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Slow and steady: Hungary’s media clampdown

The Hungarian prime minister, Viktor Orban, sent a frisson across the EU with his boast last weekend that he is building a “non-liberal” state, like in China, Russia or Turkey, free of “western European dogma”—but then his steady destruction of liberty in Hungary has gone largely unchallenged.

Diane Shnier
1 August 2014

"Soft censorship", including actions such as quiet dismissals, punitive tax laws, denied radio frequencies and abuse of privacy legislation, is arguably the most worrisome type. It creeps and grows in small increments and therefore often goes unnoticed until it has become institutionalised, at which point it is difficult to reverse. Over the past four years, Hungary has seen dozens of small, and not so small, encroachments on the right to free expression. Taken en masse, certain developments in Hungary indicate a clear trajectory towards authoritarian regulation of the media, and the situation is becoming increasingly dire.

The current troubles in Hungary date back to April 2010, when the centre-right Fidesz party was elected and Viktor Orban became prime minister. Due to the design of the Hungarian electoral system, the Fidesz party received just over 50% of the vote yet gained over two-thirds of the seats in parliament. This supermajority meant it was able to pass sweeping changes quickly, without time for public consultation and without meaningful opposition from other parties. Over the next few years, the Fidesz-dominated Hungarian parliament pushed through 600 laws, reforming (and in the process, centralising) health care, education, agriculture, the judiciary and of course the media.

Among the most controversial of these early reforms is the Media Act, which was passed by the Hungarian parliament in December 2010. The act allows a newly created “Media Council” to fine media outlets for a number of nebulous offences, including failure to “provide balanced coverage”, publishing news that is “insulting to communities” or acting in contempt of broad ideals such as “public morality”. The Media Council, entirely composed of members appointed directly by the Fidesz party for nine-year terms, is solely responsible for interpreting these vague restrictions. Moreover, the restrictions are not limited to mass media outlets but include personal websites and blogs. Nor are the restrictions limited to media outlets within Hungary: the Media Council has the power to obstruct domestic access to international news sources, so long as the content concerns Hungary. Offenders against the Media Act can be fined up to $928,000.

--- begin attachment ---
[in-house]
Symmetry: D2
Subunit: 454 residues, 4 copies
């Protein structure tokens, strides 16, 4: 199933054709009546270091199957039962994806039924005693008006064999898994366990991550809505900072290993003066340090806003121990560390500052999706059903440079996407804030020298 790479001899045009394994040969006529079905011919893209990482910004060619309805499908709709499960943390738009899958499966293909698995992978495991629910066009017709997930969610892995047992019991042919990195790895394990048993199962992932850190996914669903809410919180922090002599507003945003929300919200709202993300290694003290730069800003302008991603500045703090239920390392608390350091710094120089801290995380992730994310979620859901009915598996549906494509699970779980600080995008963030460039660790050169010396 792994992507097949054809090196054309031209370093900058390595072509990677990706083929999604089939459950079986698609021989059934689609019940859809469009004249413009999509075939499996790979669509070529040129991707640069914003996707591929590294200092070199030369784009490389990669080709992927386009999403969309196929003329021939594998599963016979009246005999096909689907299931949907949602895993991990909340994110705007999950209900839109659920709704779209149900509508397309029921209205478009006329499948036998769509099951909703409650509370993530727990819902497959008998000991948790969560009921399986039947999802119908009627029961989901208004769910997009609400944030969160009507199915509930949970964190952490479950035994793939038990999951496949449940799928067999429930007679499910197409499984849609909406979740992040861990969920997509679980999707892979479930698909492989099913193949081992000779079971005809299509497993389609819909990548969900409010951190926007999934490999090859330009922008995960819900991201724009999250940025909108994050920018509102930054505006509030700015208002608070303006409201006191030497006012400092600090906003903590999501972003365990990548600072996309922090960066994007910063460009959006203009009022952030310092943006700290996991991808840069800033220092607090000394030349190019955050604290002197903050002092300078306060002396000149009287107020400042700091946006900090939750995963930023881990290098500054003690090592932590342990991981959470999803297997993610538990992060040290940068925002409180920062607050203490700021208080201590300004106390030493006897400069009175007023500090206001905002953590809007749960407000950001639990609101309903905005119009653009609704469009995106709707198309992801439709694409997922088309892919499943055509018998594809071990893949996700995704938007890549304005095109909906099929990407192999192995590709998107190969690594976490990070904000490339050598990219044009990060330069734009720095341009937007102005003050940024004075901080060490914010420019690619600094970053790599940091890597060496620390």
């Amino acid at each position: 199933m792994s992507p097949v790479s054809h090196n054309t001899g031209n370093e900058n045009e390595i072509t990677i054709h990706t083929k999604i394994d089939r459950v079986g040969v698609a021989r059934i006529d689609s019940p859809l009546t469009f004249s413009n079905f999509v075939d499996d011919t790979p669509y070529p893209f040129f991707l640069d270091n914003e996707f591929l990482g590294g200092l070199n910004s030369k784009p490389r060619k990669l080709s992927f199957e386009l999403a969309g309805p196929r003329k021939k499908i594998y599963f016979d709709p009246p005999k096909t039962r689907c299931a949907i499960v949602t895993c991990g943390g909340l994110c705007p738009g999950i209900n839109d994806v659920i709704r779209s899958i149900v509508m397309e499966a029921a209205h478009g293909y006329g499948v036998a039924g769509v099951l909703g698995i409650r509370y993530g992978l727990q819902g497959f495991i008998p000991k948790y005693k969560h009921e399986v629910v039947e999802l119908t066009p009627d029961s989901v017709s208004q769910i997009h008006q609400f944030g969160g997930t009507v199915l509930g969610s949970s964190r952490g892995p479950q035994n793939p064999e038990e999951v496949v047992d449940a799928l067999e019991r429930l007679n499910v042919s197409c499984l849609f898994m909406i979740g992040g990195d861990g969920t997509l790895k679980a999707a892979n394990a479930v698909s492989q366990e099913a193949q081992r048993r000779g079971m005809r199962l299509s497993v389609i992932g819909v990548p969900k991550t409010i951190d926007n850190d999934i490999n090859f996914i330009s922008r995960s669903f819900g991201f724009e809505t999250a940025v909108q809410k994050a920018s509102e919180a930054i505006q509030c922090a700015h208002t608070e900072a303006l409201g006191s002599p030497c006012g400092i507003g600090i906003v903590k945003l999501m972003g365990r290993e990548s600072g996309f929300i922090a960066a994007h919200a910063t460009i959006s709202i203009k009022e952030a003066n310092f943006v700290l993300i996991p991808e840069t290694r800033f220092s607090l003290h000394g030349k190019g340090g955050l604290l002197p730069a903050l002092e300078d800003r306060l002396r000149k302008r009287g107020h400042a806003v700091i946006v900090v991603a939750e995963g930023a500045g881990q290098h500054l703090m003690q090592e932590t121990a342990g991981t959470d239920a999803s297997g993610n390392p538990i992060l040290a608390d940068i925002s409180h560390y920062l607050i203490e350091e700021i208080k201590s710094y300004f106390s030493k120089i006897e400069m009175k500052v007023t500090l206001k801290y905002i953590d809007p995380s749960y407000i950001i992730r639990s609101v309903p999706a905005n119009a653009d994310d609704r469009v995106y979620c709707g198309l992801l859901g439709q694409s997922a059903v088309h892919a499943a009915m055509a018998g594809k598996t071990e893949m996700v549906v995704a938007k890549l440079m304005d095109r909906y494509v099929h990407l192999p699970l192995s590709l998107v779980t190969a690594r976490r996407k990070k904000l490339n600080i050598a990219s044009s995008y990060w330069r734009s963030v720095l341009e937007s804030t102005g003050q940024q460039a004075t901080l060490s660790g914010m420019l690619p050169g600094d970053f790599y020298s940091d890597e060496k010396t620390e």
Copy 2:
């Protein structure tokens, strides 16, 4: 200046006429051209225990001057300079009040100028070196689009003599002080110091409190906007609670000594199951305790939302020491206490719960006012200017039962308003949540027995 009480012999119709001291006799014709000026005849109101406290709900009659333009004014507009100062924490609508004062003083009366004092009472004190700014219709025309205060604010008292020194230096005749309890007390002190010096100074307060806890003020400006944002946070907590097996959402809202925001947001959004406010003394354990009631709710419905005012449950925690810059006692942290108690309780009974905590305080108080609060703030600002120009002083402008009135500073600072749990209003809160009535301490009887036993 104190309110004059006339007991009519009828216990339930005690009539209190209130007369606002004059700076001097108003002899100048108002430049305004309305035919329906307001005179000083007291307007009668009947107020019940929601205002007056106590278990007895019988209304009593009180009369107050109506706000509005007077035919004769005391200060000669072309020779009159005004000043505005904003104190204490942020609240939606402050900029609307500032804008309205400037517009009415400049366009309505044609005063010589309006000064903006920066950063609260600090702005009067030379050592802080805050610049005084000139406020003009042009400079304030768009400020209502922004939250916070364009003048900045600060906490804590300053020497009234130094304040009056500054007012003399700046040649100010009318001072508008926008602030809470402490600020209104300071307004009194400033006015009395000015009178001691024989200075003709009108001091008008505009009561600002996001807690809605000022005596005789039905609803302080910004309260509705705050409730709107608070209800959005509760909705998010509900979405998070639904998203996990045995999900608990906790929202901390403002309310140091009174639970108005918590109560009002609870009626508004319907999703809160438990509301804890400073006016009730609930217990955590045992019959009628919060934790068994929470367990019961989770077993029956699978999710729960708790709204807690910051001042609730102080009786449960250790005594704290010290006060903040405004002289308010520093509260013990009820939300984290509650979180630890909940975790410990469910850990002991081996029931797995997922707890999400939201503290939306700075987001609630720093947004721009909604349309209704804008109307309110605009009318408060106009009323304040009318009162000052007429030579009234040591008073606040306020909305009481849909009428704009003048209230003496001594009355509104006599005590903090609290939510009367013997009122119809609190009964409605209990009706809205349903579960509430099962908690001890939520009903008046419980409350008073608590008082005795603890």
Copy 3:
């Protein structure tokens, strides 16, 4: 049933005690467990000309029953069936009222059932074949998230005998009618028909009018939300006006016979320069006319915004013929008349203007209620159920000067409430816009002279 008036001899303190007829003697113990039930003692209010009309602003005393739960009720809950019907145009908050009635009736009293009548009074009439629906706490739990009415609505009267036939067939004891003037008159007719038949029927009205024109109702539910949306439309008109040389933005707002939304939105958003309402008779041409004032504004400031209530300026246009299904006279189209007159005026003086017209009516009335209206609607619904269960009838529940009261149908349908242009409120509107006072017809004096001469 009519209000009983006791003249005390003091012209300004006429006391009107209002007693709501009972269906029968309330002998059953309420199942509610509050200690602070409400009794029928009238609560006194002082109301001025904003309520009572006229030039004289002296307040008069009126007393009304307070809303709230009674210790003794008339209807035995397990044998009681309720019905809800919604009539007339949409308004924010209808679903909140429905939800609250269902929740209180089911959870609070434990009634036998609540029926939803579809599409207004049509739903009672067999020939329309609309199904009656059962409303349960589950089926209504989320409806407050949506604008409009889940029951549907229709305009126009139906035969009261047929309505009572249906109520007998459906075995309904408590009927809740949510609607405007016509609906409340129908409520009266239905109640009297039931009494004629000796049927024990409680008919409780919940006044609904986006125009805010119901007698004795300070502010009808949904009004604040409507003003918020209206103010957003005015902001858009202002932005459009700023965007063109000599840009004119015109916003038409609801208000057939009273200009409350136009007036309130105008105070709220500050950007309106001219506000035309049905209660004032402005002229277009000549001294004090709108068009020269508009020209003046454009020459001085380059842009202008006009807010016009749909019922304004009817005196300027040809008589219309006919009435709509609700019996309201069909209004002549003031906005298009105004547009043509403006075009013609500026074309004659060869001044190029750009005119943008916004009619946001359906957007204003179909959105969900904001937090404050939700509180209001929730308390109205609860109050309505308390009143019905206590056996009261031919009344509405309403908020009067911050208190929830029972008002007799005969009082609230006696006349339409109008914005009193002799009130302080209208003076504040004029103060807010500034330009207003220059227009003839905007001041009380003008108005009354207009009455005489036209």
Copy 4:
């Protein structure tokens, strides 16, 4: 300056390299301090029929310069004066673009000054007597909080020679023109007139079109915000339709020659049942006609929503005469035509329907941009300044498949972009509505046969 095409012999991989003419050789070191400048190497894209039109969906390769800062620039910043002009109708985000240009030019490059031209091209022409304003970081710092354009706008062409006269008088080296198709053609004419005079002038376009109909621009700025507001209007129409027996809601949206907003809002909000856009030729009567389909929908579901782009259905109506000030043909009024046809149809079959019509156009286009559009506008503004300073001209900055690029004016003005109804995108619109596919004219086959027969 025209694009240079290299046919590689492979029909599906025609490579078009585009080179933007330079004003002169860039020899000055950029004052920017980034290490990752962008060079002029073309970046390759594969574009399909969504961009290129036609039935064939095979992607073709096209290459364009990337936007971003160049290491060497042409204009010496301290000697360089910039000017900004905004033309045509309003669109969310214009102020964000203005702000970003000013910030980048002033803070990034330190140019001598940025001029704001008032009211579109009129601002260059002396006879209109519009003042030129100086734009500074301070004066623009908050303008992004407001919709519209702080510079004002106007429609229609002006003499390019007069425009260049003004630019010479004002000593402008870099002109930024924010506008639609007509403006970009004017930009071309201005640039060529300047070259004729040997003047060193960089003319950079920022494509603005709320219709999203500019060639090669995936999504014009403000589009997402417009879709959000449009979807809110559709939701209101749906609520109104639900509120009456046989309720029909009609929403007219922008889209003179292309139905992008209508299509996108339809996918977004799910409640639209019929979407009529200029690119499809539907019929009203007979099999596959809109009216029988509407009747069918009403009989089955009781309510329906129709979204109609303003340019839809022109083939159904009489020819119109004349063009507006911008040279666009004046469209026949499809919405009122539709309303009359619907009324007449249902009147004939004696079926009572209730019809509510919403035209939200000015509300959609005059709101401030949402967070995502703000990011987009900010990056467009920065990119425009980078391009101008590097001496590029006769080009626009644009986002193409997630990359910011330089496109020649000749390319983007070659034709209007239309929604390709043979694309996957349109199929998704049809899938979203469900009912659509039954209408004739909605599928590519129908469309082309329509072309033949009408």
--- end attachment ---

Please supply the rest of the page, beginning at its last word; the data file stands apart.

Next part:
New constitution

In April 2011, the Hungarian parliament penned and signed into law a new constitution, or Fundamental Law, which many critics saw as a departure from European Union standards of democracy. There are numerous problems with this new constitution, including its vague human-rights provisions, its alteration of the maximum age for retirement—which forced 274 senior judges to resign—and the questionable democratic mandate under which Fidesz pushed it through parliament. However, most relevant to freedom of expression is that this new constitution significantly reduced the power of Hungary's constitutional court. This body is responsible for keeping the Hungarian parliament in check and ensuring that legislation abides by the constitution, and is thus a staple of any well-functioning liberal democracy.

In November last year parliament also passed a law which punishes the creation and distribution of recordings made to “harm another person's dignity”, encompassing political commentary and satire, with up to three years in prison.

Since the passing of the 2011 constitution, the Hungarian parliament has repeatedly taken advantage of this weakened constitutional court to pass legislation that suppresses free expression. For example, in January 2013, political advertising was banned for independent media outlets, restricting political advertising to government-owned media outlets only. Hungary's constitutional court rejected this legislation as unconstitutional; clearly, such a law would impede political expression and is extremely vulnerable to government abuse come election time. However, in March 2013, the Fidesz party used its supermajority to override the weakened court by directly entrenching the ban on independent media political advertising in the constitution itself. This amendment also circumscribed the court's powers even further by preventing it from rejecting any future legislation as unconstitutional based on its content. Instead, Hungary`s constitutional court is now only capable of striking down legislation on procedural grounds—for example, if the vote to pass legislation violates a parliamentary rule. Hungary’s enfeebled constitutional court essentially leaves the Fidesz-dominated parliament unchecked.